autoimmune, part 1

Tuesday, October 16, 2012

No surprise to my husband, I am rarely at a loss for words. There are few things in my life that render me speechless. Even the Very Hard Things tend to get processed with language, the cathartic sound and flow of a sentence brings solace, brings healing. Given that, the block that has been plaguing my writing for the past couple weeks has come unexpectedly. This part of my life that I’ve been working through never seemed like that big of a thing, definitely not something that would render me without the ability to process aloud (or in print). The next couple posts are likely to be a bit different. I finally began to write on Saturday, but things are choppy, not as smooth as I prefer, and even today, I find myself unable to really edit them.

My sweet friend was recently diagnosed with rheumatoid arthritis. It’s funny how walking with someone as they go through something can bring back your own journey through an extremely similar time. I think part of the difficulty in writing this all out is just recognizing how much of this part of my life I had not yet dealt with. I just did what I had to do, the next thing, making it through until the next change, without taking the time or having the ability to process. So, over the past couple weeks, that’s what I’ve been doing. It’s been more painful than I expected, but freeing in a way that I didn’t anticipate either…


The thing that clued me in that something wasn’t right was when someone else remarked on my shaking hands. Of course, I had noticed the shakiness, but for someone else to see it gave me pause. At first I just assumed it was too much caffeine, as if I had finally started to be truly affected by the amount of coffee I was consuming. My hands shook all the time. I couldn’t hold a pen still enough to even sign my name correctly. I have looked back at a bit of writing I did during that time, and my handwriting had become nearly illegible, even to me. A couple weeks off caffeine and no cessation in symptoms, I was ready for something different. At my doctor’s visit, she watched my hands tremor, felt my pulse racing, and immediately felt my neck (hello, unattractive goiter) and said, “I think it’s your thyroid.”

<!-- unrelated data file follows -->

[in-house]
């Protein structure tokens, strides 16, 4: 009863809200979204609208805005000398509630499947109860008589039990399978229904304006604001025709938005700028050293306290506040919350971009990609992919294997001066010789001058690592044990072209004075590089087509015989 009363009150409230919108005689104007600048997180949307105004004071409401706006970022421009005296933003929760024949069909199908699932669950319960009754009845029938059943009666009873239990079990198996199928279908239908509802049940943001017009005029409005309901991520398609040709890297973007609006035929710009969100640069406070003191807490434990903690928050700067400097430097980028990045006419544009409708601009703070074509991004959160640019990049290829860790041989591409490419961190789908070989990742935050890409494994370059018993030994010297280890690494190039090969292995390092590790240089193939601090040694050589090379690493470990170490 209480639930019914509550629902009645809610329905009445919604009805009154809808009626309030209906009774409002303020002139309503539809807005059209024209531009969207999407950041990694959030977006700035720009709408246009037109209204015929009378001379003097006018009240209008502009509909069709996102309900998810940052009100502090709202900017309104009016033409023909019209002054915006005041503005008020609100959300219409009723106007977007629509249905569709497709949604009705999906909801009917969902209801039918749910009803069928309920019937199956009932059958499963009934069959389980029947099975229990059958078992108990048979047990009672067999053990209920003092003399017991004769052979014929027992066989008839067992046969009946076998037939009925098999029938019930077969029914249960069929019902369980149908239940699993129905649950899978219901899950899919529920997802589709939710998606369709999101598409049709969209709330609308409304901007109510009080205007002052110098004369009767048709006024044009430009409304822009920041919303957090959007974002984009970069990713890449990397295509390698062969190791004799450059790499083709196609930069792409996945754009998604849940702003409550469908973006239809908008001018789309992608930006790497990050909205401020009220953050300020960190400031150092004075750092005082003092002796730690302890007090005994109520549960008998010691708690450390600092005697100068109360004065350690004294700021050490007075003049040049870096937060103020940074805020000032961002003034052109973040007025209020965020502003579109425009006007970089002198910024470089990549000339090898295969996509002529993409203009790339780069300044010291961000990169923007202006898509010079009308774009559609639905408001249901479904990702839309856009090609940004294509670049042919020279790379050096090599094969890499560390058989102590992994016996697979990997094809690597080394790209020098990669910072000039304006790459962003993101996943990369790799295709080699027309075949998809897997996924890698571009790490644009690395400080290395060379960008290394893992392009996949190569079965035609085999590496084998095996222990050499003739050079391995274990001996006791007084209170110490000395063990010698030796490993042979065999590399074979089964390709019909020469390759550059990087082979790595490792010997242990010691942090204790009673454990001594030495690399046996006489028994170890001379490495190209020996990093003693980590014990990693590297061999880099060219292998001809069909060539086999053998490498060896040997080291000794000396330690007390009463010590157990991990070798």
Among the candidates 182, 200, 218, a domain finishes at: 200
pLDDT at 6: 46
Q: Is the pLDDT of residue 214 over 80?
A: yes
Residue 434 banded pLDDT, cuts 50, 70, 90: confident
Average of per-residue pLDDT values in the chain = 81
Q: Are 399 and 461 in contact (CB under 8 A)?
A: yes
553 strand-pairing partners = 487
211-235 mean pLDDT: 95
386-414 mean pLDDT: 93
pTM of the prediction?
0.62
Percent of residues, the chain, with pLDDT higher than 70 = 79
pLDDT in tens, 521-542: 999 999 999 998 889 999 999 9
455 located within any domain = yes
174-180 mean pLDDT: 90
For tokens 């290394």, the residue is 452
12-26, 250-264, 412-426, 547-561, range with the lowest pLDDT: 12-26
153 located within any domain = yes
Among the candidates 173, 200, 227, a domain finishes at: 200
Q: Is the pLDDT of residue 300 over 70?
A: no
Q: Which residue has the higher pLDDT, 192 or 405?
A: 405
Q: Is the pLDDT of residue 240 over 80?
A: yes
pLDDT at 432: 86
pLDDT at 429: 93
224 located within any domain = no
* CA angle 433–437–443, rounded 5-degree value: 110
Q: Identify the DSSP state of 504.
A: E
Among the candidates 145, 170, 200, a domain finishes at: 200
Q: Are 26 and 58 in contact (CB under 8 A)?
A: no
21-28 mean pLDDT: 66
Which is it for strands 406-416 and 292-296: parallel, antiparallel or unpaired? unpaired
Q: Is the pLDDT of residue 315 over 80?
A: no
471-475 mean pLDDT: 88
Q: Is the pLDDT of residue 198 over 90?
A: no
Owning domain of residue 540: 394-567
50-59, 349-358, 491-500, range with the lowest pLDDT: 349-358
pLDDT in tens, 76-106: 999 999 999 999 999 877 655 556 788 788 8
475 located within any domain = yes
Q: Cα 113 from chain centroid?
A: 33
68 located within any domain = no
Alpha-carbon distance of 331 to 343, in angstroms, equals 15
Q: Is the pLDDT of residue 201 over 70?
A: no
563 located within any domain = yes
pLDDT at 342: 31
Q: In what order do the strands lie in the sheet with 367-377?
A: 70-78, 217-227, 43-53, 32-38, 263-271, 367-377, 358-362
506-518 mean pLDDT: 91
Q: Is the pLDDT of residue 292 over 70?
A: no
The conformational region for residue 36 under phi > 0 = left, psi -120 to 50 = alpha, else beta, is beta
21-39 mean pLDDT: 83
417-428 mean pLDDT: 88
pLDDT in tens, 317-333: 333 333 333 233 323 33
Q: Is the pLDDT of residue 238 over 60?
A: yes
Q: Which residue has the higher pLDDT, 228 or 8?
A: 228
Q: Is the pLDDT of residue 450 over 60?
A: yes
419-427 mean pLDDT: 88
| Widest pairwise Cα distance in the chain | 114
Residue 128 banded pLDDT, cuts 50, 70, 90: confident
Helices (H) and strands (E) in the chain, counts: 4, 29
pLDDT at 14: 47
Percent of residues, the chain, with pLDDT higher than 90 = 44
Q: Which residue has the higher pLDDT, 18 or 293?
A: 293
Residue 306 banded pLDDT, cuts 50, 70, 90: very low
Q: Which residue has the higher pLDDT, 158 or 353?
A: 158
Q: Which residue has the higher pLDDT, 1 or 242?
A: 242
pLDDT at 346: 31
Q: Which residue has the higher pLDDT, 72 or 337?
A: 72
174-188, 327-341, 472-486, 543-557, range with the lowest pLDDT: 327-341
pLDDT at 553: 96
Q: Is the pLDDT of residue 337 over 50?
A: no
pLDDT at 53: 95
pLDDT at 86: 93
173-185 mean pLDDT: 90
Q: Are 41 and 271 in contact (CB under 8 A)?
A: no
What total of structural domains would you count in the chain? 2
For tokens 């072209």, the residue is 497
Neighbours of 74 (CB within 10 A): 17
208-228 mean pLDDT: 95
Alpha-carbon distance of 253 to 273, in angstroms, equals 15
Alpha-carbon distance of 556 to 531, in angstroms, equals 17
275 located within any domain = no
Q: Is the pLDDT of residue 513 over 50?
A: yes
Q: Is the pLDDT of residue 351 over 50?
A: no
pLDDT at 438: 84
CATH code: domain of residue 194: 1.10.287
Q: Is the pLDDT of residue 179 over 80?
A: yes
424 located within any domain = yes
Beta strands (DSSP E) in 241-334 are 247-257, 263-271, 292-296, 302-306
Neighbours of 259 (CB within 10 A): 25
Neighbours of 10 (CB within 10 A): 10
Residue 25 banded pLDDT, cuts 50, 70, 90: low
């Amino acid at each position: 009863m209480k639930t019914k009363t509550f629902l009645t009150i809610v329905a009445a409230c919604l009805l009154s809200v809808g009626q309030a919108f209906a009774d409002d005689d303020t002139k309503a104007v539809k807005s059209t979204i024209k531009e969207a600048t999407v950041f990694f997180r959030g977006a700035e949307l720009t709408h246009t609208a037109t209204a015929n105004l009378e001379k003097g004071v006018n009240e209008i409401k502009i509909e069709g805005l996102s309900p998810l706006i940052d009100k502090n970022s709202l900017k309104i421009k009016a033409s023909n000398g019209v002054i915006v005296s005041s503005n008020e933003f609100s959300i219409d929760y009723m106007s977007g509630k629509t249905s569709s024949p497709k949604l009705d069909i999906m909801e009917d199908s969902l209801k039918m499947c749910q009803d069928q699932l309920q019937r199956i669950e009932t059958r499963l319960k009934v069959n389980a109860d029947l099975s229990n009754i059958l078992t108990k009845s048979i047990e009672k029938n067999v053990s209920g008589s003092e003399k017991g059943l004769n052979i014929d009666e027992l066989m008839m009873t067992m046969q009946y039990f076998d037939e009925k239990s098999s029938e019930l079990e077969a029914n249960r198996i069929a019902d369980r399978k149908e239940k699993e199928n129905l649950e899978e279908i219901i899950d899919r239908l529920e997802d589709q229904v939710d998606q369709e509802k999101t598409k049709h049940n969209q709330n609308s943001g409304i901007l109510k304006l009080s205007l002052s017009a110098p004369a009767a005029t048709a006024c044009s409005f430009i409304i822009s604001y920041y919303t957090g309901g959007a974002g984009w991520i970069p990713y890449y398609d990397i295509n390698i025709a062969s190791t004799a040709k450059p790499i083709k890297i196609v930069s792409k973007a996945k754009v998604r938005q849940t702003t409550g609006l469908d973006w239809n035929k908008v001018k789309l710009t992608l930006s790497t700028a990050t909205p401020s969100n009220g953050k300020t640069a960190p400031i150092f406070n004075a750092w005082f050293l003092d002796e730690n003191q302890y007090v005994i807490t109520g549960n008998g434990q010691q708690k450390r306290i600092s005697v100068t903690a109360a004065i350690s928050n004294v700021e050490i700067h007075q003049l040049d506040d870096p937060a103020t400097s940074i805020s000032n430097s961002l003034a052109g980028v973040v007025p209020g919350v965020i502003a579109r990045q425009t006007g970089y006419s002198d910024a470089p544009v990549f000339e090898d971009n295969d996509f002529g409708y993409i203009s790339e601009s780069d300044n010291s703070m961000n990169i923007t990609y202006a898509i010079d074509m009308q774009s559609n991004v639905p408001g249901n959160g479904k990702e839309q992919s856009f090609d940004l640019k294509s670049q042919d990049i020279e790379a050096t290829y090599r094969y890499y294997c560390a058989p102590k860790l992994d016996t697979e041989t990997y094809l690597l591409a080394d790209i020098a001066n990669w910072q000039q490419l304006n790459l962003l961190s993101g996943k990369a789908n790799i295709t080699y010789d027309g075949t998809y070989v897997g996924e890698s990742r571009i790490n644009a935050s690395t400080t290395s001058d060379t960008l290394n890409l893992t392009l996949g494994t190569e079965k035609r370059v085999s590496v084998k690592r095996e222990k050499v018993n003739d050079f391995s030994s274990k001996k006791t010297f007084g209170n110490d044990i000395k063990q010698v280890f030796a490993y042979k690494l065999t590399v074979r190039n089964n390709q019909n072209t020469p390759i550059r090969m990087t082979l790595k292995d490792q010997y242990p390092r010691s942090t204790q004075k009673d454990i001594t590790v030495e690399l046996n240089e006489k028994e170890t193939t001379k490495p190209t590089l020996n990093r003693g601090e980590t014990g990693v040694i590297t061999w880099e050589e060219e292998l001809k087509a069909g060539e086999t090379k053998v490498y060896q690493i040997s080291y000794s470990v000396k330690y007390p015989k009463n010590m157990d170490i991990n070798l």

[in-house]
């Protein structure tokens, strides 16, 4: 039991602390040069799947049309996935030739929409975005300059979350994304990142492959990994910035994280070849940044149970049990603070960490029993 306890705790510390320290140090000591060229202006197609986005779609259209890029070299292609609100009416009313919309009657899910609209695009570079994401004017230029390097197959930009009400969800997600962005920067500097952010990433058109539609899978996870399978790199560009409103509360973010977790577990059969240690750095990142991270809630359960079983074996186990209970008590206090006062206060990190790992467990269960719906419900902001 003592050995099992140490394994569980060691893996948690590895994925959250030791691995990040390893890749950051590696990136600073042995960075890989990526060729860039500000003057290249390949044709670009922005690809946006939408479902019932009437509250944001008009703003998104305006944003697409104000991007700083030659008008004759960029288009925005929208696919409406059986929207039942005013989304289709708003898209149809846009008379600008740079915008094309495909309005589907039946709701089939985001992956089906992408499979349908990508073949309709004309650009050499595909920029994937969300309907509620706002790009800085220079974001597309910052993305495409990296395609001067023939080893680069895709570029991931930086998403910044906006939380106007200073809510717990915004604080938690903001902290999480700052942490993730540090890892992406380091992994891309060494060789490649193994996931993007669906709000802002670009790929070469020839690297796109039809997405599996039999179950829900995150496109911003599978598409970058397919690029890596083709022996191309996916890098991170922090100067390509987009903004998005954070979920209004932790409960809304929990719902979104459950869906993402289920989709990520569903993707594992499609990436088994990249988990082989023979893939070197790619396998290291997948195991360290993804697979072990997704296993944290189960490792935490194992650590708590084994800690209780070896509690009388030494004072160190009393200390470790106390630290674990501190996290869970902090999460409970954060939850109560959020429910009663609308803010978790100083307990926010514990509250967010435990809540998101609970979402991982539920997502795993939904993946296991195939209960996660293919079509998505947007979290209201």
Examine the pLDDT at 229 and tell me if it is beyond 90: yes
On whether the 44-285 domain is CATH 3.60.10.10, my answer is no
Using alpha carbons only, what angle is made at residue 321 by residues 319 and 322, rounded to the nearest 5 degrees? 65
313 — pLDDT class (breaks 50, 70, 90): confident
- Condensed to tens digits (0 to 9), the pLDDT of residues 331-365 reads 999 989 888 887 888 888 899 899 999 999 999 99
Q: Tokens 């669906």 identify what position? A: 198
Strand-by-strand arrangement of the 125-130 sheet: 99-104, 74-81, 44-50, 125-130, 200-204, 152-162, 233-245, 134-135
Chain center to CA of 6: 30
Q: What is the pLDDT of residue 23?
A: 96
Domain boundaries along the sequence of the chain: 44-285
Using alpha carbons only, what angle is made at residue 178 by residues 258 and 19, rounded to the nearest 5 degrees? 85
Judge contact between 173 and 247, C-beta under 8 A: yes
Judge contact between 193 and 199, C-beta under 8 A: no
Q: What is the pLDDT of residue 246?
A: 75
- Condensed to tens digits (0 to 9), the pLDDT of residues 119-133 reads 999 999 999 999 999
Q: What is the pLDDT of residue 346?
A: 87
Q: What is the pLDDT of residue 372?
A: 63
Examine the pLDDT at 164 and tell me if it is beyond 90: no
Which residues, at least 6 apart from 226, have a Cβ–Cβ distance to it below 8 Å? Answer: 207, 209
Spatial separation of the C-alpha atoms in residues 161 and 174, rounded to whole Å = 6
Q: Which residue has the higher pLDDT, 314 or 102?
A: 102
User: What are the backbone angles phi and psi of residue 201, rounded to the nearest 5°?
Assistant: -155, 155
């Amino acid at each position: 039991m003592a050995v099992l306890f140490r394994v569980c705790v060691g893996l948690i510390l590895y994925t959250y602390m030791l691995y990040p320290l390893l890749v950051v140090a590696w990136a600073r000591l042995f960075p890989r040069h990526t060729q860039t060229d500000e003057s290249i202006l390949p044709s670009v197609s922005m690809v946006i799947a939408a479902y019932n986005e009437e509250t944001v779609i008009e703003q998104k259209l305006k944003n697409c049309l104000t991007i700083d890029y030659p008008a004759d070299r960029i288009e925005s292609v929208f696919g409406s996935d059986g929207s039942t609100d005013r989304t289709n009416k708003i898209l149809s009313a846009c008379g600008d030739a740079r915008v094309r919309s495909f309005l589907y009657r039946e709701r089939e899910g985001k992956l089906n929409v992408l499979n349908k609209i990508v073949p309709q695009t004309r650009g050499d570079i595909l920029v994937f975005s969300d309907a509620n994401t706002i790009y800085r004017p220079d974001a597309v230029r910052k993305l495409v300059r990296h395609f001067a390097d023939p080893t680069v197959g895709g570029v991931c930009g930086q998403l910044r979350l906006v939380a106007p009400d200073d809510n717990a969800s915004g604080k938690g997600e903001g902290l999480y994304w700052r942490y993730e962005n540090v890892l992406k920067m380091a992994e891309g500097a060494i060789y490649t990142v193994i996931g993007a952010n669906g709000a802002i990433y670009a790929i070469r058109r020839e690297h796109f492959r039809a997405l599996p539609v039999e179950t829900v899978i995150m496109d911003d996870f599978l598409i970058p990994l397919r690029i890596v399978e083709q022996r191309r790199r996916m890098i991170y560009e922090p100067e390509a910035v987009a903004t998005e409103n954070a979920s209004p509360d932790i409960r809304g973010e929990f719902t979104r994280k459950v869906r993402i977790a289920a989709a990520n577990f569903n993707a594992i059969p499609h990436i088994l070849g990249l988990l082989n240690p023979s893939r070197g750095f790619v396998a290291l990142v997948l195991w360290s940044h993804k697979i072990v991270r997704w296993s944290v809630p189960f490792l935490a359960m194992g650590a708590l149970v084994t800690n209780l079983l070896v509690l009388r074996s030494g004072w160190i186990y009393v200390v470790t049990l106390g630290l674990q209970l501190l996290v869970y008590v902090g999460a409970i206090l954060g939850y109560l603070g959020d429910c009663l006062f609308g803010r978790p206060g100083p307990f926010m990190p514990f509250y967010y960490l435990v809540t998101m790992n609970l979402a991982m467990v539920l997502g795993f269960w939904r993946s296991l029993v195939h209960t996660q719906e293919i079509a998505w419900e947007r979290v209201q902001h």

Hundreds of dollars in lab tests plus an ultrasound and a visit to the endocrinologist (the first one, whom I hated) later, and I had a diagnosis of Grave’s Disease. This began a lengthy journey towards learning to manage my body and an autoimmune disease.

I remember learning the facts. Grave’s Disease is an autoimmune disease that causes hyperthyroidism. Most people are familiar with the thyroid as the gland that controls metabolism. The thyroid does way more than that, and trust me, you notice when it’s not working appropriately. Grave’s is associated with several other autoimmune disorders, one of them rheumatoid arthritis, and once you have one, you are more susceptible to others as well. The symptoms are myriad and varied, more on that later. The thing about a disease affecting a hormone producing part of your body, however, is that the mental and emotional symptoms are often just as bad, if not worse, than the physical ones.

Fair warning for the rest of this series, I don’t remember nearly enough of these years. Bits and pieces, here and there. If you asked me to provide a chronology of my disease, there’s no possible way I could tell you. Even still, I rely on my husband for many of the details. I wish I had been a good note-taker at that point in my life – I wish I had known that I should be taking notes, marking the memories of happenings that I recall only through a thick haze.

Working through the haze tomorrow…see you then.

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